If you’ve watched Game of Thrones (and I hope you have), then, perhaps unbeknownst to you, you’re familiar with author David Benioff’s work. Benioff is one of the show’s executive producers, showrunners, and scriptwriters. Along with his partner, D.B. Weiss, he has written a majority of the episodes, which are adapted from George R. R. Martin’s novels.
In addition to writing Game of Thrones, Benioff has written several screenplays (Troy, The Kite Runner, Wolverine) and three books (The 25th Hour–for which he also wrote the screenplay adaptation, the shorty story collection When the Nines Roll Over, and City of Thieves).
As an aside: he’s only 43 years old (um, when did I get so old that it became OK to say that someone is only 43?), and he’s married to Amanda Peet. The dude is doing all right for himself.
City of Thieves has been on my reading list for a couple of years (long before I made the connection to Game of Thrones), but, for whatever reason, I never got around to reading it. But, this past week, I was in the mood for something short, quick, and action packed, and this fit the bill.
The book begins with a single, roughly present-day chapter, written in first person. David goes to visit his grandparents in Florida and says to his grandfather, “I brought a tape recorder with me. I thought maybe we could talk about the war.” For a week, they sit together every day, and David records his grandfather’s stories.
When his grandfather finishes, David asks him questions about the details—“names, locations, weather conditions on certain days.” His grandfather blows him off (“It was a long time ago . . . I don’t remember what I was wearing. I don’t remember if the sun came out.”). But David wants to get it right. His grandfather replies, “You’re a writer. Make it up.”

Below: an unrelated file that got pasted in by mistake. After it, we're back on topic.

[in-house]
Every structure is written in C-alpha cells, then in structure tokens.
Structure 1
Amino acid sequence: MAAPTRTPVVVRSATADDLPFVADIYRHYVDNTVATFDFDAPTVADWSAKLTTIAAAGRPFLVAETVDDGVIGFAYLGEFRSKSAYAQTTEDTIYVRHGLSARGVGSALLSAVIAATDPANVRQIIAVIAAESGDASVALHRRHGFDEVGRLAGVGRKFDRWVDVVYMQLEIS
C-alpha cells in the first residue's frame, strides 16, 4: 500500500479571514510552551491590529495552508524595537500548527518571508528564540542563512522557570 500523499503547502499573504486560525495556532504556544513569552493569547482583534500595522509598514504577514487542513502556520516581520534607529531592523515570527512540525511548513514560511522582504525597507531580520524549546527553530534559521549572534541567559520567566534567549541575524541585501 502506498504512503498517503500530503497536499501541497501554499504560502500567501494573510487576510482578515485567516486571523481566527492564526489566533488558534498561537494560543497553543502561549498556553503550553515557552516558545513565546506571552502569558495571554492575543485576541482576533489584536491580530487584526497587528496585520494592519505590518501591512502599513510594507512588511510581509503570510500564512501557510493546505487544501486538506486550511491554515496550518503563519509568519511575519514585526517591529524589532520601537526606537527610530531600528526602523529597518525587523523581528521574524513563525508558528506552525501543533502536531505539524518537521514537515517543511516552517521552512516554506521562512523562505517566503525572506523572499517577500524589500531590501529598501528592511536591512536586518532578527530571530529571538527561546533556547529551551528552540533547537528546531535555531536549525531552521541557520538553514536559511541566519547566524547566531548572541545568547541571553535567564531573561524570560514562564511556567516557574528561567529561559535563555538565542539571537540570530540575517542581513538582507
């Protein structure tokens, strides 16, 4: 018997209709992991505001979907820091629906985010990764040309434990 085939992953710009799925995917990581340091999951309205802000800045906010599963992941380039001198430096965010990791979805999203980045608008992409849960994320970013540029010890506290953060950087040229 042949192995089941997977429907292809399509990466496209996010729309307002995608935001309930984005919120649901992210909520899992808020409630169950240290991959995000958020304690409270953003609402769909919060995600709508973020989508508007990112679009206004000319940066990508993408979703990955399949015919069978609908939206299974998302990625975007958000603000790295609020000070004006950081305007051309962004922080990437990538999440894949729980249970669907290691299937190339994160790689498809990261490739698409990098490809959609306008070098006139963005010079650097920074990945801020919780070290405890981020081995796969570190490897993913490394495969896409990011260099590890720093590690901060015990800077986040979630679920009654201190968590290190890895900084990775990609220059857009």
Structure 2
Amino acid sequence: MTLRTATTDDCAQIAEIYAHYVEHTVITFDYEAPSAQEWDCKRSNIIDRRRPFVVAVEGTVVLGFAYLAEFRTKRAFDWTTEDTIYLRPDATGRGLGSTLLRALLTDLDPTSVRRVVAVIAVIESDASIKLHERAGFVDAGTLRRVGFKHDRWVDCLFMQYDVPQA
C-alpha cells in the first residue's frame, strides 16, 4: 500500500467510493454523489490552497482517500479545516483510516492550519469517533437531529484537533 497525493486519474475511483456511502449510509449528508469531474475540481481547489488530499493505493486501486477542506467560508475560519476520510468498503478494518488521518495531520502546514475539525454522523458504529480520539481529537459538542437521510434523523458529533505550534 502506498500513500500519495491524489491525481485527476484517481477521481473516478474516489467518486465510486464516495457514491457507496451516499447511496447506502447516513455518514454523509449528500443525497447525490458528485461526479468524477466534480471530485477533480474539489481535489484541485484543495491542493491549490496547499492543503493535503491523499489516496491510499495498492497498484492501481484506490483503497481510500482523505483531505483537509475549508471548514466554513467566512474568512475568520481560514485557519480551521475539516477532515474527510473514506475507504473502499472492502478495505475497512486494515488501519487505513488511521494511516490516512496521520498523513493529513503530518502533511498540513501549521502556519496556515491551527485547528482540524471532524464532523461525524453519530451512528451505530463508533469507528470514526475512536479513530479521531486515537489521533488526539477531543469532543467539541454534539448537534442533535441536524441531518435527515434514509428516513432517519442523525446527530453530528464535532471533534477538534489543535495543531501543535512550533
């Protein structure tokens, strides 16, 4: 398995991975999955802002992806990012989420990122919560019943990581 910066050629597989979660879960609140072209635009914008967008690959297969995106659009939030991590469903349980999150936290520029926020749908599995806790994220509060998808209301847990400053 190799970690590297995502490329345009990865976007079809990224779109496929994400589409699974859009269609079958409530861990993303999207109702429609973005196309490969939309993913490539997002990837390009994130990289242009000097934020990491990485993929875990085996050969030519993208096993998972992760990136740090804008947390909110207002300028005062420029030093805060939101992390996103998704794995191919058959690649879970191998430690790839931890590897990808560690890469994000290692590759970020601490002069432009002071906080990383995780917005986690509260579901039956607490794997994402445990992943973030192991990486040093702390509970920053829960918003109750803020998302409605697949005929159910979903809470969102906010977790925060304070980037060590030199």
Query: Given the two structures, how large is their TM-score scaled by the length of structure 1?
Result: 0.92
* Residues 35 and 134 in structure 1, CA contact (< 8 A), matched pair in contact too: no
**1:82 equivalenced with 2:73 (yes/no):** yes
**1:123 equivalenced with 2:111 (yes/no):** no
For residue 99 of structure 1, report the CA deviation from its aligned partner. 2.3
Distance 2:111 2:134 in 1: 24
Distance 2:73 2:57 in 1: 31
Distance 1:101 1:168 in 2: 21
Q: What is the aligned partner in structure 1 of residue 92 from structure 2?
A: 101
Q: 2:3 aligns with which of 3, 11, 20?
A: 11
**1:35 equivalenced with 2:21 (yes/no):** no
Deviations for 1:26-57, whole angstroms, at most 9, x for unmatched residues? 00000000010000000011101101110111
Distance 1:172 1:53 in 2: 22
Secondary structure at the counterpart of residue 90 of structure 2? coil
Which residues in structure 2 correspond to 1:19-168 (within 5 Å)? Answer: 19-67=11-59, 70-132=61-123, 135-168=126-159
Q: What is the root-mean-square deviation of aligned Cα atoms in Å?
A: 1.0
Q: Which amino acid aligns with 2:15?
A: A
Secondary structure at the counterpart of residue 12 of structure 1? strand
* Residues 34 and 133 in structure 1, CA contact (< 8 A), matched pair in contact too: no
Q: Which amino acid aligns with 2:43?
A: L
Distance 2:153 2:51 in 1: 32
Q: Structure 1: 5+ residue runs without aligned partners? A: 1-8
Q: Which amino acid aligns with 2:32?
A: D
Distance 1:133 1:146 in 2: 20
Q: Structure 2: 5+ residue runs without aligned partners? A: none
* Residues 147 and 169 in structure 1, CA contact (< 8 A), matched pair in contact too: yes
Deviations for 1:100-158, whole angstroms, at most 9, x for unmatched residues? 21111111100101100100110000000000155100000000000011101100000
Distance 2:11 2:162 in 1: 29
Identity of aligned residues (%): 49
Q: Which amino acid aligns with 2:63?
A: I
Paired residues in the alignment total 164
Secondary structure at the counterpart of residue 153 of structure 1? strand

The next 250 pages of the book tell the story of “one week in 1942, the first week of the year, the week he met my grandmother, made his best friend, and killed two Germans.”
In 1942, Lev Beniov is seventeen years old, living by himself in “Piter” (as St. Petersburg was dubbed by locals at the time) during the Siege of Leningrad. His father, a famous poet, has been taken away and killed by the NKVD, and his mother and sister have fled the city. It is a miserable time—it’s freezing cold and, even with a ration card, there is very little food.
One evening, Lev sees an ejected German pilot floating to the ground. The pilot has frozen to death as he parachuted down. Lev and his friends loot the body. The police come, and Lev tries to escape, but he is caught. It is past curfew, and Lev was stealing (a double whammy!). Either infraction is a death sentence. But Lev is lucky.
He spends the night in prison with one other prisoner, the “deserter,” Kolya. The next morning, Lev and Kolya are taken to see a colonel, who is planning his daughter’s wedding. He wants to ensure that, despite the war, she has a real wedding. He orders Kolya and Lev to find a dozen eggs for her wedding cake, a nearly impossible task. If, by week’s end, they return a dozen eggs to him, he will give them their ration cards and spare their lives. Thus begins Lev and Kolya’s journey together.
Rating: 3.5/5 🐣
As I had hoped, the book is short, quick, and action packed. Lev and Kolya’s mission is punctuated with cannibals, sex, shoot-outs, and bad jokes. They become best friends, Kolya gives Lev an education in ladies, and Lev meets his future wife. It’s not particularly moving, but it is a lot of fun. And it’s a pretty informative look at life during the Siege of Leningrad.
The story is pretty outlandish, so to think that it is based on his grandfather’s experience is cool. Unfortunately (but not surprisingly), according to this interview with Benioff, the book is pure fiction. The bit at the beginning about David talking to his grandfather is as made up as the rest of it. (I hold on to a bit of hope, though—according to this New York Times reviewer, “In the bound galleys of the novel he thanked his grandfather for his ‘patience with my late-night phone calls’ about the blockade.” The acknowledgments in the book don’t include that note. So, it’s a mystery).
Who should read it: Len (based on your comments on other posts, I think this is one you’d enjoy); Sergio (i.e., fans of Game of Thrones who enjoy non-fiction); people who like historical/war fiction.
Random nerdy gamer fact: The book inspired The Last of Us, a critically acclaimed 2013 video game:
One final note: Thank you, Susan, for the recommendation!